Ban The Bible Among Quakers? Maybe Not.

Ban The Bible Among Quakers? Maybe Not.

A lengthy thread on the ‘Quakers” Facebook group went one more round on the Bible, kicked off by a liberal California Friend’s insistence that reading/teaching Bible stories to kids in First Day School was awful and shouldn’t happen. The reasons were the usual, about fundamentalist literalism, oppressive notions, and so forth. Nothing new really.

But I couldn’t let the subject alone. After all, the bible, for better & worse, is woven into western history, culture & law, through & through. One can hate it, with reason; parts of it are dangerous. But one can’t escape it, only pretend to. And Quakerism emerged from a particular piece of this context, which was largely dominated by struggles over the bible, its meaning & role. 


Some of the outcomes of those struggles among Quakers (opposition to slavery, equality for women) I think are good; others not so much. And Quaker struggles over the bible continue, quite intensely in many places. (Hello, North Carolina, Northwest, Indiana, etc.) Ignoring all this, or pretending it never happened (or isn’t happening now) is possible, but mistaken & a disservice to Friends, especially our youth.

Why? The idea that Quakers can do their work fully in today’s western culture without taking serious account of this preponderant influence seems to me both naive & irresponsible. And to treat it & the Judaism & Christianity which shaped it as of no more importance than any other religion, like two different brands of peanut butter on a supermarket shelf, alongside 57 other brands, all of equal (in)significance, is in my view just plain mistaken.

(& don’t worry, Quaker parents: kids will STILL make their own religious choices as they mature, even if they’re told, accurately if shockingly to some, that Fox et al brought Quakerism to life in a biblical-Christian context, and took both seriously, if not in the same way today’s fundamentalists do.)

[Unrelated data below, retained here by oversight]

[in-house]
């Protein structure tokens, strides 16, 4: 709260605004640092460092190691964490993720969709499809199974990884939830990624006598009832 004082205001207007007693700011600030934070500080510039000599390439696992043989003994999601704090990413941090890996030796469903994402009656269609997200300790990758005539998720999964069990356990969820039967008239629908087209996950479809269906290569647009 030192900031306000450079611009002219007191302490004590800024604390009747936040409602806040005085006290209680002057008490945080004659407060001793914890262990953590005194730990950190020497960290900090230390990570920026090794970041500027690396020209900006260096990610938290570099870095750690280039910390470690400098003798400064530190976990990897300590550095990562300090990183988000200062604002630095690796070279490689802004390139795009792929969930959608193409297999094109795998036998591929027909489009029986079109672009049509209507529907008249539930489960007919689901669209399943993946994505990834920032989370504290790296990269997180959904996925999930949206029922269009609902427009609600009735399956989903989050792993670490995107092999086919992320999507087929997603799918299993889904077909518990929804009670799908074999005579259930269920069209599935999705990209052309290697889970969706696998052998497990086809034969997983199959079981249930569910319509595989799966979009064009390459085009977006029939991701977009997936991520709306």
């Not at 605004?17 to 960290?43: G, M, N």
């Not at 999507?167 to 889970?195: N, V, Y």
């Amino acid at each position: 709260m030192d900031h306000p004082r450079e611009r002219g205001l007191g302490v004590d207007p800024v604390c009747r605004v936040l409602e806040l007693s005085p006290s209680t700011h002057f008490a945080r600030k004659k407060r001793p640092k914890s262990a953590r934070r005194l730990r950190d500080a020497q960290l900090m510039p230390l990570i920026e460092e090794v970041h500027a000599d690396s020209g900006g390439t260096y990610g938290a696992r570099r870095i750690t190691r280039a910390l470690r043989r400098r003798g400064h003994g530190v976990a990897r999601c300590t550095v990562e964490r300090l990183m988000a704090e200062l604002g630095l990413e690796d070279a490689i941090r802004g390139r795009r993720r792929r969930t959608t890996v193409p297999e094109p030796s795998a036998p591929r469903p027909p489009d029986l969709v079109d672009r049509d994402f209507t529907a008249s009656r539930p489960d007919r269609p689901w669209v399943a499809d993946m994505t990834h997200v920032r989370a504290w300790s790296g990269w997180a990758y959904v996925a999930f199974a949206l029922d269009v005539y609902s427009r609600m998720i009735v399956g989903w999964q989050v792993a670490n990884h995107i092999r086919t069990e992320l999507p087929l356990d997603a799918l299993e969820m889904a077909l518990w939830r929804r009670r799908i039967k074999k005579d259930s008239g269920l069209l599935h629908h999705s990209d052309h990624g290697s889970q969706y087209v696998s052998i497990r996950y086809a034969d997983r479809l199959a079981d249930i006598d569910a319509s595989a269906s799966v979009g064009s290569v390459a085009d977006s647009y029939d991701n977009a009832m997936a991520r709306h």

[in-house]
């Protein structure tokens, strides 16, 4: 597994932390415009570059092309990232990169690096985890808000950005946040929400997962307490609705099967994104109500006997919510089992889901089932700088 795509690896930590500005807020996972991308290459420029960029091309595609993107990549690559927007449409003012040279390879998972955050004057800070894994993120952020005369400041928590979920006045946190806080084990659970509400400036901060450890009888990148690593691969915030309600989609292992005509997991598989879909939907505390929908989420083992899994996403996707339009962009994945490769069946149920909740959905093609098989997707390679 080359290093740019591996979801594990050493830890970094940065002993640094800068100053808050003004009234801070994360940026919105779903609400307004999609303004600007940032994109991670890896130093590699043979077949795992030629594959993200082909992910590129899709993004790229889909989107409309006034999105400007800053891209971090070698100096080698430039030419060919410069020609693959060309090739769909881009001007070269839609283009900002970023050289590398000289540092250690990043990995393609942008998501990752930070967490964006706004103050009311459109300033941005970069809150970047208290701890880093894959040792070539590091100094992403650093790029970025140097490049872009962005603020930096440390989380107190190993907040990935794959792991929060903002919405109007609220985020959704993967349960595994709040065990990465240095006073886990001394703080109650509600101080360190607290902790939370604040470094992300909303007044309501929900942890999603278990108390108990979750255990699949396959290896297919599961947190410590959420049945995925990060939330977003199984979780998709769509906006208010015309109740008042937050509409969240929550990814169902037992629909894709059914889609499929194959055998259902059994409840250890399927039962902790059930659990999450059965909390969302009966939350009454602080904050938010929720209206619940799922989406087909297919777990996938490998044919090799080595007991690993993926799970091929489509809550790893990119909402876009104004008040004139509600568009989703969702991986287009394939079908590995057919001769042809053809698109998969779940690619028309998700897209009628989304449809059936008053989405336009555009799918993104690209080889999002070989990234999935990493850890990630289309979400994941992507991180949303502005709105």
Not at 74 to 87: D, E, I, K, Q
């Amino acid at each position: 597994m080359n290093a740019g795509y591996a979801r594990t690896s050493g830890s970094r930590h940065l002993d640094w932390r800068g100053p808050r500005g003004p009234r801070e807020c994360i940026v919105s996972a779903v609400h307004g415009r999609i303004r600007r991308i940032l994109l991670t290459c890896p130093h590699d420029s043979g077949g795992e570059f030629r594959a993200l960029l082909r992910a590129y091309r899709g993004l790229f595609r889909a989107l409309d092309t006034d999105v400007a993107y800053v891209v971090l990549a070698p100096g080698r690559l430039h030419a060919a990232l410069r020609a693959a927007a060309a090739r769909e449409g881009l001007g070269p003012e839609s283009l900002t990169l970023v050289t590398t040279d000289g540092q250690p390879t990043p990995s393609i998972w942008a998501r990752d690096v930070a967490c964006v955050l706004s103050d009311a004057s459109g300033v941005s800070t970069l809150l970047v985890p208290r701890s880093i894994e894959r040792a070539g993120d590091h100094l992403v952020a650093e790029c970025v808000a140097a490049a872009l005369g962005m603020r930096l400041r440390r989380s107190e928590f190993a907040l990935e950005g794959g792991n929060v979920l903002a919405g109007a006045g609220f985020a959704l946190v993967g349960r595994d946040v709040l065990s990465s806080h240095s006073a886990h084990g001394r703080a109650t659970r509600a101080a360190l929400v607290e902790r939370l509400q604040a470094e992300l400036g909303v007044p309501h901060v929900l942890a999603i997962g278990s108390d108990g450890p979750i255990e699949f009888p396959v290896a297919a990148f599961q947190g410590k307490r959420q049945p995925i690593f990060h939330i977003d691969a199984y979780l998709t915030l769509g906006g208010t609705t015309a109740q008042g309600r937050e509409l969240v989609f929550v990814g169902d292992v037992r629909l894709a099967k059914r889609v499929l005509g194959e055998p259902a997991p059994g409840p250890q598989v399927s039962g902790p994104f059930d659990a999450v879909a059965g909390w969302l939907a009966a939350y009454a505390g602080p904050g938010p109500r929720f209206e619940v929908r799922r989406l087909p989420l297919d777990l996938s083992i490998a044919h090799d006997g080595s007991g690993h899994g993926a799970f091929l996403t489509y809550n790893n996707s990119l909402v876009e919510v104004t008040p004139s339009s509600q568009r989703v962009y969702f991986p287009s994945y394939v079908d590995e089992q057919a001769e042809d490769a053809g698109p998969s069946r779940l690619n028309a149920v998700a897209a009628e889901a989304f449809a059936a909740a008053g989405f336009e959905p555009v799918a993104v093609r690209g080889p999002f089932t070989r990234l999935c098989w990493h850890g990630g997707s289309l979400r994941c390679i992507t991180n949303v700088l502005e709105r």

For many years, I conducted Quaker workshops on “The Basics of Bible Study.” They were intended for adults (& teens) who were either unfamiliar with or hostile to the bible (but still willing to join the workshop), and aimed, among other goals, to “detoxify” it, so participants could study it with sufficient dispassion to see what (if anything) they could learn from it.

How about we take THIS piece of the Bible “literally”? Who’s with me?

The workshops went well. They were not intended to “convert” anyone to my religious notions (tho admittedly I hoped they would find that the bible could be “useful” to them in some way other than for raising hackles & blood pressure; and many seemed to).  

Also, once past the venting of old prejudices about it, there was no need to insist on the texts’ current relevance; the stories themselves did that quite well enough, and still left plenty of room for diverse views & interpretations (as, it turns out, they have for a few thousand years).

I don’t know how to do this with children, as I worked with adults, but I believe something like it is needed. It’s needed not least for self-defense: in our culture kids (& adults too) are surrounded by insistent, intrusive stories (such as: “Getting rich via multiple bankruptcies & hating immigrants, like a certain comb-over candidate does, is GOOD!”); stories which are repeated constantly. So if Quakers don’t tell our kids other/better stories, these intrusive ones (“Bright American-Muslim kids who build their own clocks are TERRORISTS who should be arrested!”) will have a clear path to shaping their beliefs. 

You’re never too old for an infantilized, arrested development view of the Bible. And there’s an army of hucksters ready to sell such to you. Or your kids.”Don’t teach our children lies,” about the bible or anything else, seems like a good principle for Quaker religious education. (And “the bible is irrelevant and better ignored” is one of those untruths.) So when bringing bible stories to kids, bring them straight, or wait til you think they (& you) are ready to deal with them that way.

In this connection, I’ve also been alarmed by many of the “Children’s Bibles” that I’ve seen. That’s not so much because of the (original) stories, gory as some are, but rather by the way they are typically turned into innocuously sentimental falsifications of the actual stories — pious LIES, in short.